Nei Gong or internal skill is the foundation of all Chinese internal arts. The basic principles of Nei Gong are to find a natural posture which allows tension to release and the breath to become deeper and smoother. Over time this encourages a natural whole body movement to appear. The gradual building of internal connections through different exercises allows the body to function in a more fluid and integrated way.
The internal arts of Xing Yi Chuan, Ba Gua Zhang and Tai Chi Chuan all require the foundation that Nei Gong brings to fully explore the depth of these extraordinary arts.
Qi Gong, or more traditionally Dao Yin, allows us to work with and cultivate increasingly more subtle networks of connection in the body. The integration of Nei Gong principles with the Qi Gong sets allows us to access the full potential contained within these ancient systems of movement.
The Qi Gong sets we work with are The Eight Pieces of Silk (Ba Duan Jin), The Five Primal Animals (Wu Qin Xi) and Bone Marrow Washing (Xi Sui Jing)
Xing Yi Chuan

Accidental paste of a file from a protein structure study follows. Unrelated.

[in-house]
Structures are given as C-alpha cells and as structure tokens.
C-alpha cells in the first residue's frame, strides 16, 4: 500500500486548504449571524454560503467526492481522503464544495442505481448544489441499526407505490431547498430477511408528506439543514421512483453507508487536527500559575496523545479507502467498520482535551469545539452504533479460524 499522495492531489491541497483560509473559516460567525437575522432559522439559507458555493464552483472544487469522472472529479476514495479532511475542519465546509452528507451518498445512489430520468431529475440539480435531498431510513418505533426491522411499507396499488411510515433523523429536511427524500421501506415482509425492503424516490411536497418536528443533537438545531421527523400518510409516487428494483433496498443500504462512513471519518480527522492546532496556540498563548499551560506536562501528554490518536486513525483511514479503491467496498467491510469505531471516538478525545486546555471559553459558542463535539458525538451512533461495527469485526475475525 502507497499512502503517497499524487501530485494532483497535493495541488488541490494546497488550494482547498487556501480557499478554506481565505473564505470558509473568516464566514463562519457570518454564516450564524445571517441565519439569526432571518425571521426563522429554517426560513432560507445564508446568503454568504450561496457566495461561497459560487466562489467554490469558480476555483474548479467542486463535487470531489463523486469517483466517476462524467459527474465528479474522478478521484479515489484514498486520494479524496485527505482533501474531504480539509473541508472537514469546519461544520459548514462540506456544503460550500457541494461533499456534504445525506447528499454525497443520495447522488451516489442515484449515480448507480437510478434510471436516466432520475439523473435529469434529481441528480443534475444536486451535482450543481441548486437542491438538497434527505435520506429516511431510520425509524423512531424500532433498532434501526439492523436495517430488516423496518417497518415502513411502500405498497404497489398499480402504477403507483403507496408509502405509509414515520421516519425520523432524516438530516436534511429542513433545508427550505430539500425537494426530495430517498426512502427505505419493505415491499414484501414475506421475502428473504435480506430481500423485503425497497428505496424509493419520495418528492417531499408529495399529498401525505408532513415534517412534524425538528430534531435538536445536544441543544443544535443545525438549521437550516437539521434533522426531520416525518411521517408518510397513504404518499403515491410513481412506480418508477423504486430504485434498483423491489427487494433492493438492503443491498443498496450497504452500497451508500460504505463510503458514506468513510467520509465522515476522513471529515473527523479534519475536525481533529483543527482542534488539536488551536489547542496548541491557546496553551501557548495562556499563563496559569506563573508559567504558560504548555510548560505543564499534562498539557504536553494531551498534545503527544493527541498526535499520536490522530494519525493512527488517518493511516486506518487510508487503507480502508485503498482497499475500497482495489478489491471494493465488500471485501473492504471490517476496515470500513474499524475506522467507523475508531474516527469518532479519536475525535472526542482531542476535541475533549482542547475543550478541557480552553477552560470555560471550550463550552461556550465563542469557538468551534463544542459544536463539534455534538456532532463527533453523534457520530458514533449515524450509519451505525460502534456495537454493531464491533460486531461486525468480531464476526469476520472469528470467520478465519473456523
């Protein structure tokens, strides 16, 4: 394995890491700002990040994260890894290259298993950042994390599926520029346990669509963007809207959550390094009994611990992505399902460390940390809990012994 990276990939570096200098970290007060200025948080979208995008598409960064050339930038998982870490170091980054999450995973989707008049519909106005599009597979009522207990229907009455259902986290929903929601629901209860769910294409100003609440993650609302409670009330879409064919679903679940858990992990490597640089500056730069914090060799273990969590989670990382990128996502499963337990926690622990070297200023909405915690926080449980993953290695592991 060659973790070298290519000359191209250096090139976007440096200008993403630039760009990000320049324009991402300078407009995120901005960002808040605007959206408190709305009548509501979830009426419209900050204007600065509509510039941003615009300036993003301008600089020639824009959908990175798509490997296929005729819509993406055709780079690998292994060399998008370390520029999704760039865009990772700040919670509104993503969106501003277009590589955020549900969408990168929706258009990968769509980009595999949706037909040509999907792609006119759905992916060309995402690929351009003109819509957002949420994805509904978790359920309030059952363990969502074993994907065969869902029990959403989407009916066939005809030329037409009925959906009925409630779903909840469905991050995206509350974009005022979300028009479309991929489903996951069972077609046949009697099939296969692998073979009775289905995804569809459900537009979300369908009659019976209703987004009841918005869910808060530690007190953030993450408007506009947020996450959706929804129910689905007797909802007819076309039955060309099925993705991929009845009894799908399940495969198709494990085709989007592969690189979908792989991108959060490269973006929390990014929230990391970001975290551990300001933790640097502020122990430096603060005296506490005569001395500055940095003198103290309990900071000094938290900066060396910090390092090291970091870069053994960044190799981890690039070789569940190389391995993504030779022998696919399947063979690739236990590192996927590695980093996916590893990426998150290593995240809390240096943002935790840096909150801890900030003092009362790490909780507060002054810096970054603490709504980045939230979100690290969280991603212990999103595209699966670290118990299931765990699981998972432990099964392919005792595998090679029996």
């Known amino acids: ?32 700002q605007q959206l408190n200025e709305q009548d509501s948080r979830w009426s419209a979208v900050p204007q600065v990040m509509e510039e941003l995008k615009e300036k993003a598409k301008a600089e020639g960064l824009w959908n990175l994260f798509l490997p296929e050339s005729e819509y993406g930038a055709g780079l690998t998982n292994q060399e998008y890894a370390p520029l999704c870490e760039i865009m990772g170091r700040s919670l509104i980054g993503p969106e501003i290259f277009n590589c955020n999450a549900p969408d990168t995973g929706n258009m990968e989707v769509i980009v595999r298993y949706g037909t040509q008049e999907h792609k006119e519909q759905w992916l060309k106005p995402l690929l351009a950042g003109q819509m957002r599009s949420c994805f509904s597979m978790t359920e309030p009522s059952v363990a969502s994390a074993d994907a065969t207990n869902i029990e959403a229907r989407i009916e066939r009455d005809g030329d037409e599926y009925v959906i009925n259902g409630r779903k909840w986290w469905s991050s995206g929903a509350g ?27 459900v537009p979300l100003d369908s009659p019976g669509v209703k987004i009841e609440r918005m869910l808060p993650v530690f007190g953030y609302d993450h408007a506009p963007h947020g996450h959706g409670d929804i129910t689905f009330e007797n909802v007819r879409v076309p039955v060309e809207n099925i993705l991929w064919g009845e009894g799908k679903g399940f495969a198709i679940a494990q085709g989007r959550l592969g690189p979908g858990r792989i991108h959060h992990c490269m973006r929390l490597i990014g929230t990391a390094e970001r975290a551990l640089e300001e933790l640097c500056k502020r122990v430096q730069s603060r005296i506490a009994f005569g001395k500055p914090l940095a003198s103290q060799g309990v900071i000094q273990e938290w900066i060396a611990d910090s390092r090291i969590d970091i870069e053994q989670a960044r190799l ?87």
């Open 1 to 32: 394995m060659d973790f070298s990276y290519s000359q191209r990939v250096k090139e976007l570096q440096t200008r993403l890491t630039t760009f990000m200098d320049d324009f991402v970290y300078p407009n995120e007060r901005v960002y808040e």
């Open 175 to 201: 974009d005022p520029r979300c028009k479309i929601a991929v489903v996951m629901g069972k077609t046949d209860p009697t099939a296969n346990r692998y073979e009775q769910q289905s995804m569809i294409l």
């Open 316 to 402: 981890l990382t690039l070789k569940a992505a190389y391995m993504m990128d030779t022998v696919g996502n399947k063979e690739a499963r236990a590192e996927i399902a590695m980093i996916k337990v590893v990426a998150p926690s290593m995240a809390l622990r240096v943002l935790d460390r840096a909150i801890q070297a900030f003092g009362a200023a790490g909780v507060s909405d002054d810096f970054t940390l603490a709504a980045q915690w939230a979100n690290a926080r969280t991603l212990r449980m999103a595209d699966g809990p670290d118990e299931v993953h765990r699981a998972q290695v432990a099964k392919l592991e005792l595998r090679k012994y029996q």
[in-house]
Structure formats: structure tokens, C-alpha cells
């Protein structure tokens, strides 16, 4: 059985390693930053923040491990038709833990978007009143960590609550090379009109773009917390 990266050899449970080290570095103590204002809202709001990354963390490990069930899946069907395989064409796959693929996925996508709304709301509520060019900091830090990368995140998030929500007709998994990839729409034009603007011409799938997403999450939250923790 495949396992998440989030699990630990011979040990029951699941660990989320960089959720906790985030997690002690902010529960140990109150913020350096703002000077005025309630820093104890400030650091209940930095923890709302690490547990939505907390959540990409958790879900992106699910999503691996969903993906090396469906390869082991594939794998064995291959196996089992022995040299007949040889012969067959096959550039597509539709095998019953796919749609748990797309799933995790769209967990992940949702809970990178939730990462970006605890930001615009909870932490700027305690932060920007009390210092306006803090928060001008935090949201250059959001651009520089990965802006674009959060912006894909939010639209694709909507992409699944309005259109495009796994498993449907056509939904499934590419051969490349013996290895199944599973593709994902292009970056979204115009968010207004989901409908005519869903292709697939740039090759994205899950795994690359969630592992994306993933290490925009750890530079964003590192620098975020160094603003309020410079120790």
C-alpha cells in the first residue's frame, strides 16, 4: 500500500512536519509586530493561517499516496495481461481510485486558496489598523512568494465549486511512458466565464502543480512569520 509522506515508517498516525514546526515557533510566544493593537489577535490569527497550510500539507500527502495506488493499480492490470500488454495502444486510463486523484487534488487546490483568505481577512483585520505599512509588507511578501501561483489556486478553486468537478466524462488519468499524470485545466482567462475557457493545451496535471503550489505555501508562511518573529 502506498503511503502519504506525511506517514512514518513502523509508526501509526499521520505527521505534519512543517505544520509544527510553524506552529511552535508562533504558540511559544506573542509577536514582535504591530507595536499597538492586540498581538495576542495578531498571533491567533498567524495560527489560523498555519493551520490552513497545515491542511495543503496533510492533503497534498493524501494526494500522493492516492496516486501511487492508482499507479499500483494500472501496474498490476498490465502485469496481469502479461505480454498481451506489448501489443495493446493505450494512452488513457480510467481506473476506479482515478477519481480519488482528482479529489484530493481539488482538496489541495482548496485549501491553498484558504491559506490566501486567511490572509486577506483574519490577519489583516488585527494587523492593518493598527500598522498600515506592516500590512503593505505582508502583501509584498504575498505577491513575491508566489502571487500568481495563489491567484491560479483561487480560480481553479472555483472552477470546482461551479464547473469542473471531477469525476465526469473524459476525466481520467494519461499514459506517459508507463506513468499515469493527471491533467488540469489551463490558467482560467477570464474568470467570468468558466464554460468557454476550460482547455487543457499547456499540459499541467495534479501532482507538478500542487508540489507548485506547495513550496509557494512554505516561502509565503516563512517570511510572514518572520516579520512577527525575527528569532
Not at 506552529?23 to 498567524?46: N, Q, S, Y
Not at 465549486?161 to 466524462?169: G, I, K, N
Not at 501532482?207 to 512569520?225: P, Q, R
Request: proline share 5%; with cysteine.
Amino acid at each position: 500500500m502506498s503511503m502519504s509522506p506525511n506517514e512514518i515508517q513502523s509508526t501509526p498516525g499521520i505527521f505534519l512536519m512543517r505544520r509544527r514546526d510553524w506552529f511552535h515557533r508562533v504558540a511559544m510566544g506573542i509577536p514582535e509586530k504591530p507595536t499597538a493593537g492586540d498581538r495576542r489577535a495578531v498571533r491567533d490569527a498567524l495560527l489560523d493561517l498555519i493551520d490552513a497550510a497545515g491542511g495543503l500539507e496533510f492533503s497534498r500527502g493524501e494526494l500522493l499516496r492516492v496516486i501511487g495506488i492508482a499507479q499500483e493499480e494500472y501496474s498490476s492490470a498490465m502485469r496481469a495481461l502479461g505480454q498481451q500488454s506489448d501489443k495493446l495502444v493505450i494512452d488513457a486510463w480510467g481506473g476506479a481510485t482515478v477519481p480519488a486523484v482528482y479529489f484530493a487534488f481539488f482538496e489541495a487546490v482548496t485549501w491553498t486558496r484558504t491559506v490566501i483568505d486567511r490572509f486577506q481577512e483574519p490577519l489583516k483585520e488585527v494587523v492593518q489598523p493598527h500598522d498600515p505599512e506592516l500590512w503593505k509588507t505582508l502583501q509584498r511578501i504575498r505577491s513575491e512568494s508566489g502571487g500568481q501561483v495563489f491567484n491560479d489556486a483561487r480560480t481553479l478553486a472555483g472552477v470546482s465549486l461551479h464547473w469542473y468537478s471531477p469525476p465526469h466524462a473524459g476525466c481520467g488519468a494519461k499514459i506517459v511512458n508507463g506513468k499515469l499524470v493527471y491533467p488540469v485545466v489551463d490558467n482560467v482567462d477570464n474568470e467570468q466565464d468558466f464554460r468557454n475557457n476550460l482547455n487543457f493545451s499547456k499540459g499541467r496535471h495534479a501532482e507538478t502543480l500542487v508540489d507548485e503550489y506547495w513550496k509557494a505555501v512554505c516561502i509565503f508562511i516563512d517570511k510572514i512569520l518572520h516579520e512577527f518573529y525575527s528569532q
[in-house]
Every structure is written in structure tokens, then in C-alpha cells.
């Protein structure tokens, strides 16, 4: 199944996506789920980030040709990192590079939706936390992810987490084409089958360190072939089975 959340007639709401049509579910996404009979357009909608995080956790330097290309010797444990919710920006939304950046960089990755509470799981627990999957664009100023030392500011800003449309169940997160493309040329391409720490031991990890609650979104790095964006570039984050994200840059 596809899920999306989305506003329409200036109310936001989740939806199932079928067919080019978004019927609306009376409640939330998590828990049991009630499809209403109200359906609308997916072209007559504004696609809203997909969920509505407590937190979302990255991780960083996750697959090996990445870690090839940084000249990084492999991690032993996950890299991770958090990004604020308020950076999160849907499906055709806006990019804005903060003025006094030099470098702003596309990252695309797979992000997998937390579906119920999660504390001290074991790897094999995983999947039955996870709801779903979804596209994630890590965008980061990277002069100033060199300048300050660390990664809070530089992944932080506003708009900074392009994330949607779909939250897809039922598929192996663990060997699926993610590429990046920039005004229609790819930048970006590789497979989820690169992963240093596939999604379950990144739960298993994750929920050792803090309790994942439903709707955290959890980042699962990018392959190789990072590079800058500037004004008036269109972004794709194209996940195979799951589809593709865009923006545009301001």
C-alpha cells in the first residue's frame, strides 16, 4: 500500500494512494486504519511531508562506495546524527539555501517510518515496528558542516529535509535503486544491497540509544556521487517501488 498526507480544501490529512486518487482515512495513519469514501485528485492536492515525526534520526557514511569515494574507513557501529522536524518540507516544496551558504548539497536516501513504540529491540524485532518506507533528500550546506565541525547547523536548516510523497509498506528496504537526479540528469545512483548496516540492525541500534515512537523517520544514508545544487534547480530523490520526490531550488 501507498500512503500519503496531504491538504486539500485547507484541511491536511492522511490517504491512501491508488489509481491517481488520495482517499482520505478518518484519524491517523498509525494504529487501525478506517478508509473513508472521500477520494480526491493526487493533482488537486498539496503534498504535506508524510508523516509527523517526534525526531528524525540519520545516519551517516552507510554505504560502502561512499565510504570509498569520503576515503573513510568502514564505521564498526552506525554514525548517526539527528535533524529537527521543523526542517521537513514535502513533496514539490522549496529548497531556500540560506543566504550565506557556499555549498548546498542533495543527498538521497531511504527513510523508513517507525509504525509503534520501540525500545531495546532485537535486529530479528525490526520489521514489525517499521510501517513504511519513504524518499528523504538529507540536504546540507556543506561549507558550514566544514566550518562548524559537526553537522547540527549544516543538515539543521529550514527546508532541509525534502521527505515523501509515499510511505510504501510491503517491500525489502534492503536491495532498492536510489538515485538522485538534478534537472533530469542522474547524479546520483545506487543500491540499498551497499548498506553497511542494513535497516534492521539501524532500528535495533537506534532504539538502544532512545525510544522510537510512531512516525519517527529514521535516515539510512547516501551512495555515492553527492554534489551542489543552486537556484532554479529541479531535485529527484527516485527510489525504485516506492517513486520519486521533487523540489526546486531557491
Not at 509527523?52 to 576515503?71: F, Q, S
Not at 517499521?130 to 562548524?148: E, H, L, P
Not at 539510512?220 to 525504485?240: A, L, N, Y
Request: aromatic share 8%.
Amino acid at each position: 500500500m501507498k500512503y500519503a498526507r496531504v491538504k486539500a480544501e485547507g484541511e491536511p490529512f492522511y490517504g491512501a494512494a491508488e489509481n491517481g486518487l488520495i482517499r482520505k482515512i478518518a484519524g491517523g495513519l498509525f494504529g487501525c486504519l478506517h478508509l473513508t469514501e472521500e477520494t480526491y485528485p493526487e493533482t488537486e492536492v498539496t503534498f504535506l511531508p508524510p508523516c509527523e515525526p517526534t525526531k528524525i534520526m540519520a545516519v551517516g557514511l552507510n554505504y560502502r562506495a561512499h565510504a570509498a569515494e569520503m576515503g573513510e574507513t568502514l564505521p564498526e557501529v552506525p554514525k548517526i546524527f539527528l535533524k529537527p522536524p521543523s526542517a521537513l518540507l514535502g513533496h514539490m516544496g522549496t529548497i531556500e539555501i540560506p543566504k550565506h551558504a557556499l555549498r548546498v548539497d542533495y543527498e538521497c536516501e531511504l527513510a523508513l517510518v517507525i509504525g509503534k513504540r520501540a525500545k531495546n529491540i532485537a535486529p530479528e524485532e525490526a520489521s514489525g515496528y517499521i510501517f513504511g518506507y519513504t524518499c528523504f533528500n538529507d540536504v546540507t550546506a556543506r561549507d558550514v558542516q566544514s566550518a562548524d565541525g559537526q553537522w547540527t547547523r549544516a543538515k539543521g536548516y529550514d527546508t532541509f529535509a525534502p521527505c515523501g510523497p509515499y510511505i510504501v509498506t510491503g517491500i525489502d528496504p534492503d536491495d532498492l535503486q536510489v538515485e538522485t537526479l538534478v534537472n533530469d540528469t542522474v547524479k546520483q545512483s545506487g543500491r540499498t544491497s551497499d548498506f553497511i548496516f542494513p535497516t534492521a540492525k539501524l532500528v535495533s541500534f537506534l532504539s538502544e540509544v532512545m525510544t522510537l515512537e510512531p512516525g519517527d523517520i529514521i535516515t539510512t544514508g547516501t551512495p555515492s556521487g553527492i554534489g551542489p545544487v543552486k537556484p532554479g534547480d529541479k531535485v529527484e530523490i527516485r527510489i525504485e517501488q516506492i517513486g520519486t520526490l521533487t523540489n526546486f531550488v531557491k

Xing Yi Chuan is one of the oldest systems of Chinese Internal Martial Arts. It is said to have developed out of the need to train people for war. This has given Xing Yi the reputation of being the most direct and “Yang” of the Internal Martial Arts. At its root is the integration of Xing (Form/Body) and Yi (Intention/Mind). This gradual process allows a clarity of mind and fosters a directness of action in life.
Classical Xing Yi appears to have few ‘forms’ to learn. These include the Five Fists (Wu Xing) and the later Twelve Animals forms (Shi Er Xing). Underpinning these forms are specialised Xing Yi Nei Gong practices that integrate structural, functional and energetic pathways in to the ‘whole body power’ that is at the heart of Xing Yi Chuan.
Bagua is the sister art of Xing Yi. Bagua is said to have evolved out of Daoist circle walking practices which are possibly shamanic in origin.
In the practice of Bagua we work with specialised static Nei Gong exercises. We also explore circle walking, the ‘Mother Palms’ (circle walking holding static arm postures) and the palm changes. This work cultivates the ability to hold the body’s connections during movement, and maintain stillness within constant change.
Working with these methods allows a natural and unforced journey in to life and yourself. The aim of this type of cultivation is not to force change, it is to unravel, release and allow what is, and always has been.